Union Sign Sheanon Williams to New Deal

Union Sign Sheanon Williams to New Deal

In the aftermath of the Sebastien Le Toux trade Union coach Peter Nowak sought to mitigate fan backlash by explaining the club would not sit on the money originally earmarked for the franchise’s all-time leading scorer. Instead, he insisted the Union would reinvest those funds on younger players already in the fold.

True to his word, today the Union announced that starting right back Sheanon Williams had agreed to a new deal. Per league policy, terms were not disclosed. The fact that the club identified Williams as a player they’d like to retain does not come as a surprise. In a conference call following the Le Toux trade Nowak specifically identified Williams as a player who had earned a new contract.

In truth, the process of reallocating Le Toux’s money began last month when the Union secured the permanent transfer of midfielder Roger Torres from Colombian club América de Cali. Torres, who is 20 years old, and Williams, who is 21, figure to be franchise cornerstones.

Williams, who joined the Union from the USL Harrisburg City Islanders in August 2010, is a key part of the Union back four. Ideally, he’d be a bit more consistent in his marking, but his pace and tireless running along the right flank is invaluable. Truth be told, his work rate was often overshadowed by Le Toux, but I’d venture to say that along with Brian Caroll he likely covers more ground than any other Union player.

The biggest upside of the deal is, actually, Williams’ upside. By no means is he a finished product. He has both the time and room to improve his game. Initially known more for his long throw-ins than his technique, he’s developed into a player who is capable of and confident in initiating the build-up out of the back.

Although he was not called in for the current US U-23 camp, he is a legitimate right back candidate for the national player pool. This is particularly true considering longtime USMNT stalwart Steve Cherundolo, the right back of choice for consecutive World Cups, will be 35 years old when the 2014 World Cup rolls around.

We’ll never know whether the Union would have been in a position to extend Williams’’ contract had they not traded Le Toux. However, the decision to sign him to a new deal should, to some extent, allay some of the concerns Union fans had about their willingness to spend money.

The Philly fan who gave Russell Westbrook double bird said he was called fat

The Philly fan who gave Russell Westbrook double bird said he was called fat

Philly fans have a bad reputation. This isn't going to change anytime soon.

Regardless of which side of the Philly fan debate you fall, you'd probably agree fans shouldn't give the double bird mere feet from the athletes who are playing in front of them.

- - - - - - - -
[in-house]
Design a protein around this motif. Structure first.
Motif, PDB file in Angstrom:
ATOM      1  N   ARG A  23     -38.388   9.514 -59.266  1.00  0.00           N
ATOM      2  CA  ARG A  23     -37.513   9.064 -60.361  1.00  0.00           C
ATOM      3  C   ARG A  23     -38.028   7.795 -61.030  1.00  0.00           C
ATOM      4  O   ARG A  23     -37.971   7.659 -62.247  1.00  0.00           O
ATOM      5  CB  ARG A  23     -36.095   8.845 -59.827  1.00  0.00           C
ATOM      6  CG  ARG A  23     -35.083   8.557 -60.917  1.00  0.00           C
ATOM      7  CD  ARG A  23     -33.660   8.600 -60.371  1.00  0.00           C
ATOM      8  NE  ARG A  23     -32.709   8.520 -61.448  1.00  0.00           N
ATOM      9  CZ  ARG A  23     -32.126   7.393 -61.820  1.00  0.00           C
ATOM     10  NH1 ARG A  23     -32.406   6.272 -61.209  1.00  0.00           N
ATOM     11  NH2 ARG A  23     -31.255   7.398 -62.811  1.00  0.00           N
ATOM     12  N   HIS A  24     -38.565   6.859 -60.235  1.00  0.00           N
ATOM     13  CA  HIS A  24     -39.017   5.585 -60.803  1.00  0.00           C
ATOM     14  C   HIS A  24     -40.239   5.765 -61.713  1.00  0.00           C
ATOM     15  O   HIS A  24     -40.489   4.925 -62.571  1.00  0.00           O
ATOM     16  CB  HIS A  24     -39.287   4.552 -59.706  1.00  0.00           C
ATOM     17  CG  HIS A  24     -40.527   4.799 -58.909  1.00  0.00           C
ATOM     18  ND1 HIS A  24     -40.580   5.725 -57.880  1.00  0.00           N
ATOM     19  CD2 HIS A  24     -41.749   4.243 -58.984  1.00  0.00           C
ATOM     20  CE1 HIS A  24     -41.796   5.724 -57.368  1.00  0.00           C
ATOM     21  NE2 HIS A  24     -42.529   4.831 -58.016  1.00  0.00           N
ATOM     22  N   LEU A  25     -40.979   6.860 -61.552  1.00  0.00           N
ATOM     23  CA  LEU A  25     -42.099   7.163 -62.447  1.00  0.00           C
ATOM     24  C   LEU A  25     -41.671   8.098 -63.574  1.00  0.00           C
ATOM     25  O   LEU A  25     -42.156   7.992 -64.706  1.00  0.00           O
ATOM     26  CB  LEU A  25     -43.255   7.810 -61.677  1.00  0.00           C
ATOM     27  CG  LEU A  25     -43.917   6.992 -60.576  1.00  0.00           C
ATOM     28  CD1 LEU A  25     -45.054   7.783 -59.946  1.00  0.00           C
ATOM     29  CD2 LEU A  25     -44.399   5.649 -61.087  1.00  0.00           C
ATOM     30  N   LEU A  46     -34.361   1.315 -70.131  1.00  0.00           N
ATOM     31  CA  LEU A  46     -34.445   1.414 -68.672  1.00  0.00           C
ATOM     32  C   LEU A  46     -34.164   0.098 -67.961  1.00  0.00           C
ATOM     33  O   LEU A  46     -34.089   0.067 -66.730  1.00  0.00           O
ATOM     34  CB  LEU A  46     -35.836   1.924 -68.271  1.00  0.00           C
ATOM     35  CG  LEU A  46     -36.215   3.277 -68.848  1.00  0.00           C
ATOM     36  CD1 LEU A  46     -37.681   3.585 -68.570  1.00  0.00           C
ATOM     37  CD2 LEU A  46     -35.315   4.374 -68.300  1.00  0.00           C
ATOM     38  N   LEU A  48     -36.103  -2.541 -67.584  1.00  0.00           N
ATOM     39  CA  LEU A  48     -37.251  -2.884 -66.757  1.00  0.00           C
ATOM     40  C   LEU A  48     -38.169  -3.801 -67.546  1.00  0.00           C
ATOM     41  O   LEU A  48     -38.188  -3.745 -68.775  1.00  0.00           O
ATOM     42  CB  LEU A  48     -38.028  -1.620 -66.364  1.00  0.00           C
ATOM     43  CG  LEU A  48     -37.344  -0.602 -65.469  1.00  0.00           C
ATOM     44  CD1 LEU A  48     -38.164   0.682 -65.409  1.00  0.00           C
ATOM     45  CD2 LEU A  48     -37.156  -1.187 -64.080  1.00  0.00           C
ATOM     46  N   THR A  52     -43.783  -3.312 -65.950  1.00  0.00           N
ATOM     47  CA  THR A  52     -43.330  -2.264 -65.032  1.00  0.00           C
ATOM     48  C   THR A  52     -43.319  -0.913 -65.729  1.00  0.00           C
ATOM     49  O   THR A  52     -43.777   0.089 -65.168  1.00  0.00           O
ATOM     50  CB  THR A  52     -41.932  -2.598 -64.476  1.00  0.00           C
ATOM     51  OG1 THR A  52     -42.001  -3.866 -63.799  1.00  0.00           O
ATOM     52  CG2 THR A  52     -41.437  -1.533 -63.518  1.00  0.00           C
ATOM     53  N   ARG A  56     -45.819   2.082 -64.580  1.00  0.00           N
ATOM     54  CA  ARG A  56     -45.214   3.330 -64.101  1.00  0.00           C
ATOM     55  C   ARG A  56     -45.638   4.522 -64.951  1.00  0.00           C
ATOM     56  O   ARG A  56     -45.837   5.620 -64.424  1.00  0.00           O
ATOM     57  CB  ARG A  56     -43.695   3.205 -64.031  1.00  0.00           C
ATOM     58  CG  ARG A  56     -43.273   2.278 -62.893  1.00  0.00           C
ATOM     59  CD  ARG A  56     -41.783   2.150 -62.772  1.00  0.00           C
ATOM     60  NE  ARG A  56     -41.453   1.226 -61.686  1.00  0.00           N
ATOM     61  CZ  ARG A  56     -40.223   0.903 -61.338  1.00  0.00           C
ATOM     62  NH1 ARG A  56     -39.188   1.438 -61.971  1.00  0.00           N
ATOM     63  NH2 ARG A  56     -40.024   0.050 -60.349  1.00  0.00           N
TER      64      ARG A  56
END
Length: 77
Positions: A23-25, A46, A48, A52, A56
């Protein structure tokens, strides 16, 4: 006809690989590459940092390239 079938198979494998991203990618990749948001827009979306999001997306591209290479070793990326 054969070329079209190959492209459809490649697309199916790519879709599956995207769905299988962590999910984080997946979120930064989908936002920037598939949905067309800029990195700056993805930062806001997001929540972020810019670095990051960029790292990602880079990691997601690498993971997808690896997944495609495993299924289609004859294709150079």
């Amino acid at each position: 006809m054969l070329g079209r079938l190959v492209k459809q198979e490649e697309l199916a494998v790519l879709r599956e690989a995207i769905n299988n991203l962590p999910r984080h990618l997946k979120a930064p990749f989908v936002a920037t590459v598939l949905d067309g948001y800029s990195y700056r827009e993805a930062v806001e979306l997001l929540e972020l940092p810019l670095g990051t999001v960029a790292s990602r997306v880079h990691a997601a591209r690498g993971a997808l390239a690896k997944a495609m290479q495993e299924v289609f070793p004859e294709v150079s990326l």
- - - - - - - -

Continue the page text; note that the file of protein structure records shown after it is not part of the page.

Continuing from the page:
You've almost assuredly seen it by now, the image and footage of a Sixers fan flipping off Russell Westbrook last night in the highly-anticipated season debut. He was subsequently removed from his seats by security.

The New York Post got to the bottom of it all and even tracked down the fan's response on Facebook:

Dr. Richard Harkaway, a Philadelphia urologist who is originally from Long Island, wrote that it was Westbrook who initiated the confrontation, which ended with Harkaway being tossed from the Wells Fargo Center in Philadelphia during the 76ers’ season-opening loss.

“To all my FB friends who are seeing a picture of me on the Internet giving the finger to Russell Westbrook. Actually two fingers,’’ Harkaway wrote in a private post. “Not as simple as it seems. I love to scream at the players and anyone who has been to a game with me knows this. Part of my charm. What you may not have seen on any of the video clips is what started the whole thing, which was Russell Westbrook saying ‘sit down f—ing fat boy’ when I stood up to boo.”

Do two wrongs make a right? Probably not. Being rude is being rude.

Do you think this fan's actions were justified after reading his response on Facebook?

Freddy Galvis, Odubel Herrera Gold Glove finalists at SS, CF

Freddy Galvis, Odubel Herrera Gold Glove finalists at SS, CF

Two Phillies are in the running for a 2016 Rawlings Gold Glove.

Shortstop Freddy Galvis and centerfielder Odubel Herrera were named National League finalists at their position on Thursday. Winners will be announced on Nov. 9. Galvis and Herrera are both finalists for the first time.

Galvis joins San Francisco’s Brandon Crawford, a Gold Glove winner in 2015, and the Chicago Cubs’ Addison Russell as finalists at shortstop.

Herrera is a finalist in center field along with Cincinnati’s Billy Hamilton and Atlanta’s Ender Inciarte.

Galvis, who turns 27 in November, committed himself to improving his defense after making 17 errors in 2015 and he did that with a career season in the field in 2016. He led all NL shortstops with a .987 fielding percentage and made just eight errors in 625 total chances while earning praise from Phillies’ infield guru Larry Bowa.

Galvis led the NL with 153 starts at shortstop and had errorless streaks of 51 and 44 games. At the plate, he reached career highs in doubles (26), homers (20), extra-base hits (49) and RBIs (67). On the down side, Galvis hit just .241 and his .274 on-base percentage was the worst in the majors.

Herrera, who turns 25 in December, began his career as an infielder in the Texas system and completed just his second season in the outfield in 2016. His credentials for a Gold Glove are not nearly as good as Galvis’. Herrera’s nine errors were the second-most among major-league outfielders, but he had 11 assists, fourth-most among NL outfielders.

The Phillies selected Herrera in the Rule 5 draft in 2014. They selected Inciarte in the Rule 5 draft in 2012 and he opened the 2013 season on the Phils’ roster, but was shipped back to his original club, Arizona, during the first week of that season.